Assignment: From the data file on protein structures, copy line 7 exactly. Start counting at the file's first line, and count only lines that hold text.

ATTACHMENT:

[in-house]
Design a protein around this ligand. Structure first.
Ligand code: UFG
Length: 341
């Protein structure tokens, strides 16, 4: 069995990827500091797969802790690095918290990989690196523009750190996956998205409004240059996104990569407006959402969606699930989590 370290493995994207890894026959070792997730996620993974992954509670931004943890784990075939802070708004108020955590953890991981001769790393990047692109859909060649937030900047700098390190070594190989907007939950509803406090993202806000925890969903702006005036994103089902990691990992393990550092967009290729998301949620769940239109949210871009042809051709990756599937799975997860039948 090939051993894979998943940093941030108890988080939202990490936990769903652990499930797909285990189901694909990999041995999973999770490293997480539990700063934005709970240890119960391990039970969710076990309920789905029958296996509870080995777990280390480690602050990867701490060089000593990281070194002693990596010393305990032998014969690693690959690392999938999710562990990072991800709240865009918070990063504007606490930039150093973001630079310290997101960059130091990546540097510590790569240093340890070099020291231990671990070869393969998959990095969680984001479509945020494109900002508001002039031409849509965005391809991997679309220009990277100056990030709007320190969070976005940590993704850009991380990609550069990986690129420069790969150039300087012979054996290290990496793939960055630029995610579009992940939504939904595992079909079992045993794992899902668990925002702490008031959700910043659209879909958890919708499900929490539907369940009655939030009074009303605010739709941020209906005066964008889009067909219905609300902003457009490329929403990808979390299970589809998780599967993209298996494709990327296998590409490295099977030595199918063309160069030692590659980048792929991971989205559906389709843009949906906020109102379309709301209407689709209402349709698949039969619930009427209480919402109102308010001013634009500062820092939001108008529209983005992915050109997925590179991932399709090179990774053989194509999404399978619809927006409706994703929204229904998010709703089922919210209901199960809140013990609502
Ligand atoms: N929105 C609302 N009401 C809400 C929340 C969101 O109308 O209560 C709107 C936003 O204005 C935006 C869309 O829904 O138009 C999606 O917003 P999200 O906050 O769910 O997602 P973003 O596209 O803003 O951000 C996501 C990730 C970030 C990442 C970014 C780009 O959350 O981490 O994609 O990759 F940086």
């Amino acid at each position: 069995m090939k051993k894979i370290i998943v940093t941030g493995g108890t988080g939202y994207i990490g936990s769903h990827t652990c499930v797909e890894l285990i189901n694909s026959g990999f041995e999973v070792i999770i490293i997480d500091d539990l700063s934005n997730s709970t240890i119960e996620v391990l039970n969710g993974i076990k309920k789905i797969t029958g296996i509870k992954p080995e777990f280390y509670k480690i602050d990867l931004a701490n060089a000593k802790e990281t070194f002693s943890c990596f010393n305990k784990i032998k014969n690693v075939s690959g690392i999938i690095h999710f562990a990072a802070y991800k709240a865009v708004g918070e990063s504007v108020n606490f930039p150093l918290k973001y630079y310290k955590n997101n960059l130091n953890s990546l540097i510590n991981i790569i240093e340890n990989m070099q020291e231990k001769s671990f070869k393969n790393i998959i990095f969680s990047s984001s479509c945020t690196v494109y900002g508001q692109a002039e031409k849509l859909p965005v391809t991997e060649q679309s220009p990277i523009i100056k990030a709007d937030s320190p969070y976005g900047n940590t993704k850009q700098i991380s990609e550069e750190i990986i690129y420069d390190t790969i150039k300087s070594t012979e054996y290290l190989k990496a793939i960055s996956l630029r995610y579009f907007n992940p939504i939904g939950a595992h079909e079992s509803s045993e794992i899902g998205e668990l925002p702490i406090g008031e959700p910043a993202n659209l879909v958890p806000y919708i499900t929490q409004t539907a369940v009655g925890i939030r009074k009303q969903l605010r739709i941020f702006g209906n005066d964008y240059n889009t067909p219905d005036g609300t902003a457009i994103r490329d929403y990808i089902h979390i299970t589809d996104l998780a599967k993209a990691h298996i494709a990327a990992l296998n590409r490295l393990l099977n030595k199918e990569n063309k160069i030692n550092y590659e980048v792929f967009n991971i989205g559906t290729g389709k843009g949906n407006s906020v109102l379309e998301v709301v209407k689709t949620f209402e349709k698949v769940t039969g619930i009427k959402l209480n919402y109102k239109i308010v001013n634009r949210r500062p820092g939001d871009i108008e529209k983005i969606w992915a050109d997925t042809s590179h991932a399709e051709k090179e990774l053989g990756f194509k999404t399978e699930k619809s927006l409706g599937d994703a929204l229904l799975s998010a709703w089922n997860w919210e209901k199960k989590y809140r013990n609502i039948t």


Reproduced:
């Amino acid at each position: 069995m090939k051993k894979i370290i998943v940093t941030g493995g108890t988080g939202y994207i990490g936990s769903h990827t652990c499930v797909e890894l285990i189901n694909s026959g990999f041995e999973v070792i999770i490293i997480d500091d539990l700063s934005n997730s709970t240890i119960e996620v391990l039970n969710g993974i076990k309920k789905i797969t029958g296996i509870k992954p080995e777990f280390y509670k480690i602050d990867l931004a701490n060089a000593k802790e990281t070194f002693s943890c990596f010393n305990k784990i032998k014969n690693v075939s690959g690392i999938i690095h999710f562990a990072a802070y991800k709240a865009v708004g918070e990063s504007v108020n606490f930039p150093l918290k973001y630079y310290k955590n997101n960059l130091n953890s990546l540097i510590n991981i790569i240093e340890n990989m070099q020291e231990k001769s671990f070869k393969n790393i998959i990095f969680s990047s984001s479509c945020t690196v494109y900002g508001q692109a002039e031409k849509l859909p965005v391809t991997e060649q679309s220009p990277i523009i100056k990030a709007d937030s320190p969070y976005g900047n940590t993704k850009q700098i991380s990609e550069e750190i990986i690129y420069d390190t790969i150039k300087s070594t012979e054996y290290l190989k990496a793939i960055s996956l630029r995610y579009f907007n992940p939504i939904g939950a595992h079909e079992s509803s045993e794992i899902g998205e668990l925002p702490i406090g008031e959700p910043a993202n659209l879909v958890p806000y919708i499900t929490q409004t539907a369940v009655g925890i939030r009074k009303q969903l605010r739709i941020f702006g209906n005066d964008y240059n889009t067909p219905d005036g609300t902003a457009i994103r490329d929403y990808i089902h979390i299970t589809d996104l998780a599967k993209a990691h298996i494709a990327a990992l296998n590409r490295l393990l099977n030595k199918e990569n063309k160069i030692n550092y590659e980048v792929f967009n991971i989205g559906t290729g389709k843009g949906n407006s906020v109102l379309e998301v709301v209407k689709t949620f209402e349709k698949v769940t039969g619930i009427k959402l209480n919402y109102k239109i308010v001013n634009r949210r500062p820092g939001d871009i108008e529209k983005i969606w992915a050109d997925t042809s590179h991932a399709e051709k090179e990774l053989g990756f194509k999404t399978e699930k619809s927006l409706g599937d994703a929204l229904l799975s998010a709703w089922n997860w919210e209901k199960k989590y809140r013990n609502i039948t």